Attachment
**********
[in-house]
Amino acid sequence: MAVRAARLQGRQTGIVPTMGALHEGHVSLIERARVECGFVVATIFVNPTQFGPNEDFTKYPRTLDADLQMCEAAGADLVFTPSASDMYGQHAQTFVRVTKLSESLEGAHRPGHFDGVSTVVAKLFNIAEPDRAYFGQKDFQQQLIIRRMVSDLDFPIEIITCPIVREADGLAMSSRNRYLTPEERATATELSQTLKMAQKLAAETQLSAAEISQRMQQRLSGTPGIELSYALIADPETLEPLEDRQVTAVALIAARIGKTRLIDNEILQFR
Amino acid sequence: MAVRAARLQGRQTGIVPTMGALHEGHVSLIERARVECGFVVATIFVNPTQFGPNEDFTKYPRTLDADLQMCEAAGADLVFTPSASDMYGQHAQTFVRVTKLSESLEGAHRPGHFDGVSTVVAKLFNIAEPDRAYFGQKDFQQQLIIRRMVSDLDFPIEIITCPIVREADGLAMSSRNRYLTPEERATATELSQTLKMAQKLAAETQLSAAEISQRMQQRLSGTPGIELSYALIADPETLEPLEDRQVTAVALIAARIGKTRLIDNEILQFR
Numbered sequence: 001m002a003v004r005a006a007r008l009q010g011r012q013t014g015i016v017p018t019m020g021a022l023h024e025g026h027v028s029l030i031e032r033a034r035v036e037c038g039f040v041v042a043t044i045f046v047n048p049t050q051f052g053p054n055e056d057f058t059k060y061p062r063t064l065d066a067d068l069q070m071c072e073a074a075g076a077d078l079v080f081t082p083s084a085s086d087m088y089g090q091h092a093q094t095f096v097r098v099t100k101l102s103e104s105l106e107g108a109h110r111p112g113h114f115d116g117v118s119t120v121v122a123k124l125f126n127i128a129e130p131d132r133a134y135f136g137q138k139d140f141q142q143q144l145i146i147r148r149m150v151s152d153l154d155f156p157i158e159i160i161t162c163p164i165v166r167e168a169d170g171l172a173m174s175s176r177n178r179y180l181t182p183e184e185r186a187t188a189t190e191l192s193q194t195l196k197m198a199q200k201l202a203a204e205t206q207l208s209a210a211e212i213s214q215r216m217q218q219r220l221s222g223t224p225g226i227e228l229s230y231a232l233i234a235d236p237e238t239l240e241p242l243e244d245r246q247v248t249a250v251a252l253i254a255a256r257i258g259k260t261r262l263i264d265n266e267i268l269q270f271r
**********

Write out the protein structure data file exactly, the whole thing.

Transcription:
[in-house]
Amino acid sequence: MAVRAARLQGRQTGIVPTMGALHEGHVSLIERARVECGFVVATIFVNPTQFGPNEDFTKYPRTLDADLQMCEAAGADLVFTPSASDMYGQHAQTFVRVTKLSESLEGAHRPGHFDGVSTVVAKLFNIAEPDRAYFGQKDFQQQLIIRRMVSDLDFPIEIITCPIVREADGLAMSSRNRYLTPEERATATELSQTLKMAQKLAAETQLSAAEISQRMQQRLSGTPGIELSYALIADPETLEPLEDRQVTAVALIAARIGKTRLIDNEILQFR
Amino acid sequence: MAVRAARLQGRQTGIVPTMGALHEGHVSLIERARVECGFVVATIFVNPTQFGPNEDFTKYPRTLDADLQMCEAAGADLVFTPSASDMYGQHAQTFVRVTKLSESLEGAHRPGHFDGVSTVVAKLFNIAEPDRAYFGQKDFQQQLIIRRMVSDLDFPIEIITCPIVREADGLAMSSRNRYLTPEERATATELSQTLKMAQKLAAETQLSAAEISQRMQQRLSGTPGIELSYALIADPETLEPLEDRQVTAVALIAARIGKTRLIDNEILQFR
Numbered sequence: 001m002a003v004r005a006a007r008l009q010g011r012q013t014g015i016v017p018t019m020g021a022l023h024e025g026h027v028s029l030i031e032r033a034r035v036e037c038g039f040v041v042a043t044i045f046v047n048p049t050q051f052g053p054n055e056d057f058t059k060y061p062r063t064l065d066a067d068l069q070m071c072e073a074a075g076a077d078l079v080f081t082p083s084a085s086d087m088y089g090q091h092a093q094t095f096v097r098v099t100k101l102s103e104s105l106e107g108a109h110r111p112g113h114f115d116g117v118s119t120v121v122a123k124l125f126n127i128a129e130p131d132r133a134y135f136g137q138k139d140f141q142q143q144l145i146i147r148r149m150v151s152d153l154d155f156p157i158e159i160i161t162c163p164i165v166r167e168a169d170g171l172a173m174s175s176r177n178r179y180l181t182p183e184e185r186a187t188a189t190e191l192s193q194t195l196k197m198a199q200k201l202a203a204e205t206q207l208s209a210a211e212i213s214q215r216m217q218q219r220l221s222g223t224p225g226i227e228l229s230y231a232l233i234a235d236p237e238t239l240e241p242l243e244d245r246q247v248t249a250v251a252l253i254a255a256r257i258g259k260t261r262l263i264d265n266e267i268l269q270f271r